Becoming a father was the most life-changing thing that ever occurred to me. I say this even though I probably should be saying that my salvation was the most life-changing thing. But I'd have to lie to do that. You see, God has taught me so much through my children, and I firmly believe that only through my children have I come to understand who God is and what his love means. I can't credit my children with saving me, but they helped point me in the right direction.
Becoming a father changes absolutely everything. Much of this may sound a bit mystical to some folks, but it is a true and necessary mysticism. From the first moment I held my firstborn, I knew that a change had come over me. The full nature of that change didn't come to me right away. But change was obvious. I was a bit of a reluctant father. Shan and I told each other we would wait five years after our marriage before having children. It seemed the best choice considering how young we married (I was just 19). Even when that five-year deadline came to pass, I was still unsure about becoming a parent. Shan was the one who brought the subject back up. I agreed, but it was more for her than for me.
At only four weeks into the pregnancy, we got a scare. Our doctor (Shan's obstetrician as well as our GP) scheduled a sonogram, as he was concerned it might be a tubal pregnancy. Thankfully, the sonogram revealed a normal pregnancy, and at four weeks we could see a heartbeat on the monitor. We still have a black-and-white Polaroid picture of that little bump that was our son Brian. I knew then by the fear in my heart that I was a father, and a different man. We went through all the pregnancy rituals; childbirth classes, talking to the baby, acquiring the myriad of stuff that babies require.
But when I held that perfect little person, felt the warmth of his skin, and the beating of his heart, and the movement of his little arms and legs, I was lost forever. Such a wave of love came over me as I had never felt. In that one moment, I knew just a bit of how God loves us. I knew I would gladly trade my life for my son's. It was stronger, in a way, than the love I felt for Shan. It was instant, and total, and completely involuntary.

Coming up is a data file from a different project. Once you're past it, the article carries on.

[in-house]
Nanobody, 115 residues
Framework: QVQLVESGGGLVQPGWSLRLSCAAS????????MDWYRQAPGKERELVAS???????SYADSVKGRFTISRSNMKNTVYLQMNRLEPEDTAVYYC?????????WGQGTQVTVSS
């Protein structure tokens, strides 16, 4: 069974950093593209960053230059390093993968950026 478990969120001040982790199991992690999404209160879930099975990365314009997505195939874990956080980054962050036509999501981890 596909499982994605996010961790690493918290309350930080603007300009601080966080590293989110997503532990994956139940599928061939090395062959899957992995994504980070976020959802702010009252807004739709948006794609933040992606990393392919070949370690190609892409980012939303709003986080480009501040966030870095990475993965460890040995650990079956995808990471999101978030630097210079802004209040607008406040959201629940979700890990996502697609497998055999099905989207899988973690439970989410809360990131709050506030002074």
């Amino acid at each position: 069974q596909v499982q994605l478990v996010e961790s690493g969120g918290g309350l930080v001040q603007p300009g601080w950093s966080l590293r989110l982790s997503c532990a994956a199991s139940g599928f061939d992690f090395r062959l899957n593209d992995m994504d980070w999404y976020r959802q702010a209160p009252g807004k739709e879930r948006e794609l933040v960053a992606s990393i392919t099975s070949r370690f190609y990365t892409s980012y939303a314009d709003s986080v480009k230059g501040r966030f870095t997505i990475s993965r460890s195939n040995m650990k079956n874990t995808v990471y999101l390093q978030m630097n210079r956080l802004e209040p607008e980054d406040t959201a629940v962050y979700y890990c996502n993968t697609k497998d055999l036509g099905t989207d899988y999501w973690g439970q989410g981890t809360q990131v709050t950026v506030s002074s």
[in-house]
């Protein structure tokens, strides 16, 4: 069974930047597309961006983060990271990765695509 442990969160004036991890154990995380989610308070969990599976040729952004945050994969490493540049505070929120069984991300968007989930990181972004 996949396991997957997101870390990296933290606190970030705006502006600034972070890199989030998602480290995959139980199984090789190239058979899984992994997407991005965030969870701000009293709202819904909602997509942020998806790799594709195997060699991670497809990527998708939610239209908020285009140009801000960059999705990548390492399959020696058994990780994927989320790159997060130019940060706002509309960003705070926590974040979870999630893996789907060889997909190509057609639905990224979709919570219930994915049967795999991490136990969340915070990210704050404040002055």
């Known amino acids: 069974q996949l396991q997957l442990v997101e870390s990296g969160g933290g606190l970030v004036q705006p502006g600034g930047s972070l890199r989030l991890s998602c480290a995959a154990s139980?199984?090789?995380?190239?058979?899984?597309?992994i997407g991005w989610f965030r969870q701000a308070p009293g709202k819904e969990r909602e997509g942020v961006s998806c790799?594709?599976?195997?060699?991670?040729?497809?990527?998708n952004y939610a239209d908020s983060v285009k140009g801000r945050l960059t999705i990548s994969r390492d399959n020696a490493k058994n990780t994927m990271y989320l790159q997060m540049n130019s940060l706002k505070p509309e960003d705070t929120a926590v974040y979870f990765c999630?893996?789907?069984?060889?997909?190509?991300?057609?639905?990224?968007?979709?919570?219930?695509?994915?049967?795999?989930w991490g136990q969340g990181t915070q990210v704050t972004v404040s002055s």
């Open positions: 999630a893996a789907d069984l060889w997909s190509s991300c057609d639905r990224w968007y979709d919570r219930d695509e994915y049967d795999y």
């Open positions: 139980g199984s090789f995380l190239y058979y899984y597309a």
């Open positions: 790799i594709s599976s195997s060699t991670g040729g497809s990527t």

I felt that same thing with my other children, first Duncan, then Rachel. Instant love, instant responsibility, instant willingness to take on the world to defend that little life.
My kids aren't so little anymore. My youngest is 16. But I still have that same willingness to sacrifice anything, even life, for them.
And it is a sacrifice to be a father or mother. For our children we give up time, money, attention, sometimes even our dreams. Having a child changes your life totally. And I wouldn't go back for anything. In spite of the problems, in spite of the mess, the expense, and the time, I wouldn't trade any of the time with my children. Just the opposite. I wish I had spent more time doing the little things with them—reading a book, playing a game, listening to them talk, just sitting with them. There never seems to be enough time. But I take satisfaction in knowing that my time with them is not over. No, they aren't little kids anymore. Now they are becoming more like friends. That's good, too.
There are lots of folks who will not willingly make the sacrifice that children require. There are lots more who start to do so and fail to keep their commitments down the road. Neither of those alternatives has any appeal to me. My greatest joys, my greatest triumphs have come to me through fatherhood. Also my darkest times and greatest failures. And I'd never want it to be any other way.
Happy belated Father's Day to all the fathers. And to my children: thank you for making me the man that I am.